|Nissan Island Airport|
| IATA: IIS – ICAO: AYIA
|Location||Nissan Island, Papua New Guinea|
|Elevation AMSL||100 ft / 30 m|
|Source: PNG Airstrip Guide|
Nissan Island Airport (IATA: IIS, ICAO: AYIA) is an airfield serving Nissan Island, in the Autonomous Region of Bougainville in Papua New Guinea. It resides at an elevation of 100 feet (30 m) above mean sea level and has a 1,200-metre (3,937 ft) runway designated 14/32.
World War IIEdit
Royal New Zealand Air Force|
United States Marine Corps
The New Zealand 3rd Division landed on Nissan Island on 15 February 1944 as part of the Solomon Islands campaign. The U.S. Navy 22nd Construction Regiment landed with the New Zealanders and began building support facilities. Work on a fighter airstrip began on 20 February and by 5 March a coral-surfaced 5,000 feet (1,500 m) by 150 feet (46 m) fighter runway known as Lagoon Airfield was ready for use and aircraft carried out the first attack on Kavieng. In late March a parallel 6,000 feet (1,800 m) by 150 feet (46 m) bomber runway known as Ocean Airfield was ready for use, it was later lengthened to 7,300 feet (2,200 m). Additional airfield facilities such as road and taxiways and a tank farm were also constructed. Construction had been extremely difficuly with dense foliage and large trees needing to be removed, rock blasting was necessary, and all coral used for filling had to be quarried at distant locations.
US Navy units based at Nissan Island included:
- Special Task Air Group One (STAG-1) operating TDR drones
- VMTB-341 operating SBDs from July–December 1944
USMC units based at Nissan Island included:
- VMB-423 operating PBJs from July–August 1944
- VMB-433 operating PBJs from July–August 1944
- VMF-218 operating F4Us from April–November 1944
- VMF-222 operating F4Us
- VMF-223 operating F4Us
Royal New Zealand Air Force units based at Nissan Island included:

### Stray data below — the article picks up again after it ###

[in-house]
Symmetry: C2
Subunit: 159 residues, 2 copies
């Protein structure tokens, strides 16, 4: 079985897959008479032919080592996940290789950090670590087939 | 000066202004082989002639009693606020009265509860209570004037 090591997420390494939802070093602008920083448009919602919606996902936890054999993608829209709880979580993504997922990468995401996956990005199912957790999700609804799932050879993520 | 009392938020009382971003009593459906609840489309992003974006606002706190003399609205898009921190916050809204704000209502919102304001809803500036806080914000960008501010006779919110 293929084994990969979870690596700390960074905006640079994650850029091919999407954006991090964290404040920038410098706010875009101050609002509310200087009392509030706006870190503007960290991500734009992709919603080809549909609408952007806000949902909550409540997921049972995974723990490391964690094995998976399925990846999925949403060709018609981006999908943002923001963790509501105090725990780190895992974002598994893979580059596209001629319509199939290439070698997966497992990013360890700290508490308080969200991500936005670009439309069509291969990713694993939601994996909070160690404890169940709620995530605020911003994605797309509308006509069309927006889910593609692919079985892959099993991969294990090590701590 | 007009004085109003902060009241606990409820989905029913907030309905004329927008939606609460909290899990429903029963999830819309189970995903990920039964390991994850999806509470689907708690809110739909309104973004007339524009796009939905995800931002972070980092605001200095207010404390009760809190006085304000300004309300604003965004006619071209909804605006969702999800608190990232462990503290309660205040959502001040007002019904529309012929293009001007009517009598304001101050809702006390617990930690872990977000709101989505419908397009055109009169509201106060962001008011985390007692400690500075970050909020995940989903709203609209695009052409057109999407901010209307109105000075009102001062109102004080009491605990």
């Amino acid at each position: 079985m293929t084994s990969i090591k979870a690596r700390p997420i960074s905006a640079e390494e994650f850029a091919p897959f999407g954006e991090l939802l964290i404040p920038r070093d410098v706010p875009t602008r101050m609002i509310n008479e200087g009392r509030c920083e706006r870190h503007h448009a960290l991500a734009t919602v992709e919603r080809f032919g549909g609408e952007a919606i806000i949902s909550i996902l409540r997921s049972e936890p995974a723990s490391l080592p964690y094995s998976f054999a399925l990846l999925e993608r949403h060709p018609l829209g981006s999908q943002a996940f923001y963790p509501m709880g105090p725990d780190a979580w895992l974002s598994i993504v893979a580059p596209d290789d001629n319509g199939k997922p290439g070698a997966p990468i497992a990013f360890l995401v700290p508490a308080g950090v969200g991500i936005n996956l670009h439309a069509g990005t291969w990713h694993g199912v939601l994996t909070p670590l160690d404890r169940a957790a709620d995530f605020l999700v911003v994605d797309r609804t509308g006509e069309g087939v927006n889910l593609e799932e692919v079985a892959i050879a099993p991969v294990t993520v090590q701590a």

- 1 Squadron operating Lockheed Venturas from October 1944-January 1945
- 2 Squadron operating Venturas from January–March 1945
- 3 Squadron operating Venturas from March–June 1945
- 14 Squadron operating F4Us from December 1944-January 1945
- 15 Squadron operating F4Us from February–April 1945
- 16 Squadron operating F4Us from December 1944-February 1945
- 17 Squadron operating F4Us from January–March 1945
- 18 Squadron operating F4Us from November–December 1944
- 20 Squadron operating F4Us from October–November 1944
- 21 Squadron operating F4Us from April–May 1945
- 24 Squadron operating F4Us from March–May 1945
In late 1944 airfield roll-up activities were commenced and were completed by August 1945.
Lagoon Airfield was abandoned after the war, while Ocean Airfield remained in use as a civilian airfield.
Airlines and destinationsEdit
No known scheduled services.
- ↑ 1.0 1.1 1.2 PNG Airstrip Guide. August 2005.
- ↑ Building the Navy's Bases in World War II History of the Bureau of Yards and Docks and the Civil Engineer Corps 1940-1946. US Government Printing Office. 1947. p. 274.
- ↑ Ross, 1955, p. 321
- ↑ 4.0 4.1 Ross, 1955, p. 322
- ↑ Ross, 1955, p. 325
- ↑ 6.0 6.1 Ross, 1955, p. 326
- ↑ 7.0 7.1 Ross, 1955, p. 327
- ↑ 8.0 8.1 Ross, 1955, p. 328
- ↑ Ross, 1955, p. 329
- ↑ Bases, p.276
- Ross, John (1993) . Royal New Zealand Air Force. Official History of New Zealand in the Second World War 1939–45. Nashville: Battery Press. ISBN 0898391873. http://nzetc.victoria.ac.nz/tm/scholarly/tei-WH2AirF.html.
- Accident history for IIS at Aviation Safety Network
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